The Federal Communications Commission (FCC) and the Department of Transportation (DOT), two agencies of the same administration, continue to do battle with each other over the use of a set of airwaves set aside years ago for vehicle-to-vehicle communication technology.
The airwaves in question — a 75 MHz swath — were set aside 20 years ago for the future development of a vehicle safety communication system but that has yet to come to fruition. In December, the FCC unanimously voted to take over the spectrum in order to expand WiFi service in the U.S.
Objections to the vote from the DOT and the 5G Automotive Association were immediate, as the groups wanted to preserve its intended use for vehicle-to-vehicle communications and traffic management in anticipation of the increase in the number of self-driving and semi-autonomous vehicles in the country.
While the DOT continues to put money toward connected car tech, it argues that the FCC’s move could cause America to fall behind in the development of self-driving cars and could ultimately cost lives in the long run.
The FCC, on the other hand, says automakers have squandered their chance to use the spectrum for its intended purposes, and instead it would be better utilized to support the growing demand for WiFi service with increased use of mobile services and smartphones.
The FCC’s plans involve repurposing roughly 45 of the 75 MHz frequencies for WiFi, while leaving the remaining 30 MHz for connected car tech, with the DOT and safety advocates arguing that’s not enough, and that the inclusion of WiFi in the spectrum could also cause interference with any safety systems implemented.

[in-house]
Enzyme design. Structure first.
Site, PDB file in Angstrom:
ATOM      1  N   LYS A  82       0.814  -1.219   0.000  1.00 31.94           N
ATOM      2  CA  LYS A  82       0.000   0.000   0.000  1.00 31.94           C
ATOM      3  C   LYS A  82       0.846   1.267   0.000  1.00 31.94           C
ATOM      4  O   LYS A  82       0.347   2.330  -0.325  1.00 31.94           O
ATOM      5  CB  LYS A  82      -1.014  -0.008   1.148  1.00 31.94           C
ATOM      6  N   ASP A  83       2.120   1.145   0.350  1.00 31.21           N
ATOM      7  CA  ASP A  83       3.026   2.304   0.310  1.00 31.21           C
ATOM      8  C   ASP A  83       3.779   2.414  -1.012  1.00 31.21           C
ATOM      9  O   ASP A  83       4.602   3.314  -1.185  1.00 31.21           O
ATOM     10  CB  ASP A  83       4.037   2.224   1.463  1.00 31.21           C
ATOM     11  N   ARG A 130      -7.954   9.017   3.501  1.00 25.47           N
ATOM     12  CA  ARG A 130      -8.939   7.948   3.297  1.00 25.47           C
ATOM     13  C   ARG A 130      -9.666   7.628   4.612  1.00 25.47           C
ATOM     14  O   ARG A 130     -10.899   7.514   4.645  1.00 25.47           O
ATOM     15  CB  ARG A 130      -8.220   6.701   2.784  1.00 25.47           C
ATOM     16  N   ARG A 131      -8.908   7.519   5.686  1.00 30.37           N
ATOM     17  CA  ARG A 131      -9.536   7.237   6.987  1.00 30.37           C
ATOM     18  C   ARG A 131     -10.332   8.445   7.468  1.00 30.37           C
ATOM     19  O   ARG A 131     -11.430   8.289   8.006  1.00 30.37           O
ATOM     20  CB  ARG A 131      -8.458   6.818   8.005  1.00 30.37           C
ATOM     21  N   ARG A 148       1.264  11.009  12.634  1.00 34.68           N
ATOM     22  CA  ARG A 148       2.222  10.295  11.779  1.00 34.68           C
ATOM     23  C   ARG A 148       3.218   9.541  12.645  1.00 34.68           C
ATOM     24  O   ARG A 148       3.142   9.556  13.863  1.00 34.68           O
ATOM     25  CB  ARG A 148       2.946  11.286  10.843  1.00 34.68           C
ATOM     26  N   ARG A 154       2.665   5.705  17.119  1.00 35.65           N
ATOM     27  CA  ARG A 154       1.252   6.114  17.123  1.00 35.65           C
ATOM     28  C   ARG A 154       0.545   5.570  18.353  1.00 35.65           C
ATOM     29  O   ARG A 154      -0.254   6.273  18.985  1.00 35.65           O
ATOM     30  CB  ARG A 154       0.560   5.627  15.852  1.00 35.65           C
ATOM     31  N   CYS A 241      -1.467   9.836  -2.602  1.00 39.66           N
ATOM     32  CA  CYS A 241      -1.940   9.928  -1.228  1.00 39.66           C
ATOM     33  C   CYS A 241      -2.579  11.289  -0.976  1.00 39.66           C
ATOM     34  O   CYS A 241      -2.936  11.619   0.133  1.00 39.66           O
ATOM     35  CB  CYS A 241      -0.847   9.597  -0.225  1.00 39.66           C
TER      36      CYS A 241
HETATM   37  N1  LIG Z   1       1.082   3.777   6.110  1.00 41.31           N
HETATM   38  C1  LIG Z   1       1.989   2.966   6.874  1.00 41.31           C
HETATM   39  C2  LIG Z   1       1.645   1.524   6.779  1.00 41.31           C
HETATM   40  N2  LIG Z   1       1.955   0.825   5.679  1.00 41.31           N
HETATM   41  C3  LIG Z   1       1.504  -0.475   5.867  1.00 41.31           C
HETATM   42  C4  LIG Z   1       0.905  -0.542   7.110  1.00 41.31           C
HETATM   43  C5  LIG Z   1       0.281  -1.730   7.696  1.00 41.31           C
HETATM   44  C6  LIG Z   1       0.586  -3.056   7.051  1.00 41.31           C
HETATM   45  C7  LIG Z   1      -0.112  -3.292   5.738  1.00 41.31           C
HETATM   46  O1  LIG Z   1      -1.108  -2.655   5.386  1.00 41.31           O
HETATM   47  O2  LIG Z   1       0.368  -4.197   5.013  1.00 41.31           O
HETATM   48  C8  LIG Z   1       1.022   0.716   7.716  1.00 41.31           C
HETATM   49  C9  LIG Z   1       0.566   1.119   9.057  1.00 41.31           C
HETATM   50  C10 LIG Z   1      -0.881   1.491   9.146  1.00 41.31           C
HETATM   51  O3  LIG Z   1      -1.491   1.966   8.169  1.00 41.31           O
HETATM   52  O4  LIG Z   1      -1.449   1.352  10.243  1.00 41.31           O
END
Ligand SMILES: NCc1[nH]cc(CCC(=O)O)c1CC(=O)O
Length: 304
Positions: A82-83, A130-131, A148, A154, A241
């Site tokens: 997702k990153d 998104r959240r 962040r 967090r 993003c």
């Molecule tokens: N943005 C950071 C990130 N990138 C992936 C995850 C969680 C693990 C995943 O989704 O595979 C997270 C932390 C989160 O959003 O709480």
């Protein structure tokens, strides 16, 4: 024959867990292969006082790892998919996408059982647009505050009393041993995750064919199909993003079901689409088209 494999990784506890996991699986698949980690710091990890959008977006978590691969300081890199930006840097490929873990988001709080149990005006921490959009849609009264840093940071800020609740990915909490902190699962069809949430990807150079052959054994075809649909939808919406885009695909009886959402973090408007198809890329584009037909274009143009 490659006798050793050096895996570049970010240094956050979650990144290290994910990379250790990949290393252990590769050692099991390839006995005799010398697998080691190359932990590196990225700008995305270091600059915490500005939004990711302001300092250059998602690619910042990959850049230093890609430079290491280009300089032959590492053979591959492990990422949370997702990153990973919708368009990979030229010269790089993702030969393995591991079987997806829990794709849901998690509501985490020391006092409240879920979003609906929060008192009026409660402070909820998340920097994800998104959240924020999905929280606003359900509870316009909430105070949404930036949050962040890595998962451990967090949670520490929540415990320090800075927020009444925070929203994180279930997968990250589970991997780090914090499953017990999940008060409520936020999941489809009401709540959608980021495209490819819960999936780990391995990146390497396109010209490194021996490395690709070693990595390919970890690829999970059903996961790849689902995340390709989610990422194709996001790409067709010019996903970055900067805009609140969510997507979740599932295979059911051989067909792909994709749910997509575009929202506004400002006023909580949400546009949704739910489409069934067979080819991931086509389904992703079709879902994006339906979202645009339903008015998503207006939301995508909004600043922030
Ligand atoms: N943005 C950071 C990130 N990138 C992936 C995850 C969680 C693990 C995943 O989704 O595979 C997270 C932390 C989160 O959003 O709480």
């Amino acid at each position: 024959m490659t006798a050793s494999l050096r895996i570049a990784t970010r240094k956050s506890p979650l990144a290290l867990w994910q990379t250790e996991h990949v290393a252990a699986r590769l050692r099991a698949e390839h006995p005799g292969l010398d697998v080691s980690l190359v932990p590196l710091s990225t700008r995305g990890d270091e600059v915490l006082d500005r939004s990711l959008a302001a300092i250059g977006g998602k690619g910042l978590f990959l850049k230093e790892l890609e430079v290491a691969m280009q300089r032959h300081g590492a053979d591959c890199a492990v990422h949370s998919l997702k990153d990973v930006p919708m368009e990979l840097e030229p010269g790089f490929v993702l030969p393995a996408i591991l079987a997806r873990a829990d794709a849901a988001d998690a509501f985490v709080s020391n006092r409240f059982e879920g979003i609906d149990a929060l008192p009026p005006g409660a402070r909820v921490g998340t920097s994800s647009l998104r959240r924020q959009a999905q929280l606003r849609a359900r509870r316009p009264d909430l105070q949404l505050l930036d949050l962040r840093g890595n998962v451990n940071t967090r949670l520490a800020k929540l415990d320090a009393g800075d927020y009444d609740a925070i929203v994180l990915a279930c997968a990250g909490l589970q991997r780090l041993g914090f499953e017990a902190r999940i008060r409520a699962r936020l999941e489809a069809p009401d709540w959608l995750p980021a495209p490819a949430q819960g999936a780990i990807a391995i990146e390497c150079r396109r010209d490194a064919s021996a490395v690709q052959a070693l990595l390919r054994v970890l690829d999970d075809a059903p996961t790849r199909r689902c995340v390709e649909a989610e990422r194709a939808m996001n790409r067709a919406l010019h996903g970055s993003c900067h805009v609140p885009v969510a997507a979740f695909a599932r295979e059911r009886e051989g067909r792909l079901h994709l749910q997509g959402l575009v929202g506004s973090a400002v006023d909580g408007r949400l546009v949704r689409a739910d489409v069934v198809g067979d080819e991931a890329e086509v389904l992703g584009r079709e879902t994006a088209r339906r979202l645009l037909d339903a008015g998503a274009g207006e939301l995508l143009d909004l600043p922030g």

The two departments do not appear ready to back down from the dispute. DOT secretary Elaine Chao wrote a letter to FCC chair Ajit Pai in November saying that the “DOT has significant concerns with the Commission’s proposal,” and that it “jeopardizes the significant transportation safety benefits that the allocation of this band was meant to foster.”
In a statement to Axios, an FCC spokesperson responded by saying: “We would encourage the Department of Transportation to contribute productively to this important discussion rather than devoting its efforts to defending the failed status quo.”
With the FCC already having voted to proceed with the allocation, the DOT is counting on the support of advocacy groups like Mothers Against Drunk Driving (MADD) and a groundswell of public uproar to convince Congress to get involved and force the FCC to rethink its plan.